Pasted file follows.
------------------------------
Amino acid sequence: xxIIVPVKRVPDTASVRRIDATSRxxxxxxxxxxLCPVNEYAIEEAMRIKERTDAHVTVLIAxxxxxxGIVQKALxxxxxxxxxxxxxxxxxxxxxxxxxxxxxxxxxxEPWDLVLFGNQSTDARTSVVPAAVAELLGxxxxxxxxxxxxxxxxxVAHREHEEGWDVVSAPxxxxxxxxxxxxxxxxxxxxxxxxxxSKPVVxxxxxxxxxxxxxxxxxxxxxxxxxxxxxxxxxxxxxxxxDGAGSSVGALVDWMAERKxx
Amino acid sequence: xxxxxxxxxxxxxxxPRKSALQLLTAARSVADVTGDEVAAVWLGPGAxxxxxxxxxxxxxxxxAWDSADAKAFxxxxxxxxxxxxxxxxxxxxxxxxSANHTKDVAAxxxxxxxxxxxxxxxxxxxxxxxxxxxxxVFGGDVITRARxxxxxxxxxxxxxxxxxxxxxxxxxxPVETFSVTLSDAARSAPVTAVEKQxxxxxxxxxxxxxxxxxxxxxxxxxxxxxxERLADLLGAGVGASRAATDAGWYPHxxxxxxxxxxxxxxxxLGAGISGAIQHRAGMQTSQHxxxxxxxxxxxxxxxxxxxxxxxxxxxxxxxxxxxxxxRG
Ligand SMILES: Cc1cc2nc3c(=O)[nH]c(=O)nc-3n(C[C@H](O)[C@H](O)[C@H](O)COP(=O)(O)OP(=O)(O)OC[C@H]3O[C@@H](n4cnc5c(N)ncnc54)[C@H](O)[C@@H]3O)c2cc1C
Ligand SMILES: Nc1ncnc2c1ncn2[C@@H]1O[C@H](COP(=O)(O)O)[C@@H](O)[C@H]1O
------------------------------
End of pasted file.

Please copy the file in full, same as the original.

Amino acid sequence: xxIIVPVKRVPDTASVRRIDATSRxxxxxxxxxxLCPVNEYAIEEAMRIKERTDAHVTVLIAxxxxxxGIVQKALxxxxxxxxxxxxxxxxxxxxxxxxxxxxxxxxxxEPWDLVLFGNQSTDARTSVVPAAVAELLGxxxxxxxxxxxxxxxxxVAHREHEEGWDVVSAPxxxxxxxxxxxxxxxxxxxxxxxxxxSKPVVxxxxxxxxxxxxxxxxxxxxxxxxxxxxxxxxxxxxxxxxDGAGSSVGALVDWMAERKxx
Amino acid sequence: xxxxxxxxxxxxxxxPRKSALQLLTAARSVADVTGDEVAAVWLGPGAxxxxxxxxxxxxxxxxAWDSADAKAFxxxxxxxxxxxxxxxxxxxxxxxxSANHTKDVAAxxxxxxxxxxxxxxxxxxxxxxxxxxxxxVFGGDVITRARxxxxxxxxxxxxxxxxxxxxxxxxxxPVETFSVTLSDAARSAPVTAVEKQxxxxxxxxxxxxxxxxxxxxxxxxxxxxxxERLADLLGAGVGASRAATDAGWYPHxxxxxxxxxxxxxxxxLGAGISGAIQHRAGMQTSQHxxxxxxxxxxxxxxxxxxxxxxxxxxxxxxxxxxxxxxRG
Ligand SMILES: Cc1cc2nc3c(=O)[nH]c(=O)nc-3n(C[C@H](O)[C@H](O)[C@H](O)COP(=O)(O)OP(=O)(O)OC[C@H]3O[C@@H](n4cnc5c(N)ncnc54)[C@H](O)[C@@H]3O)c2cc1C
Ligand SMILES: Nc1ncnc2c1ncn2[C@@H]1O[C@H](COP(=O)(O)O)[C@@H](O)[C@H]1O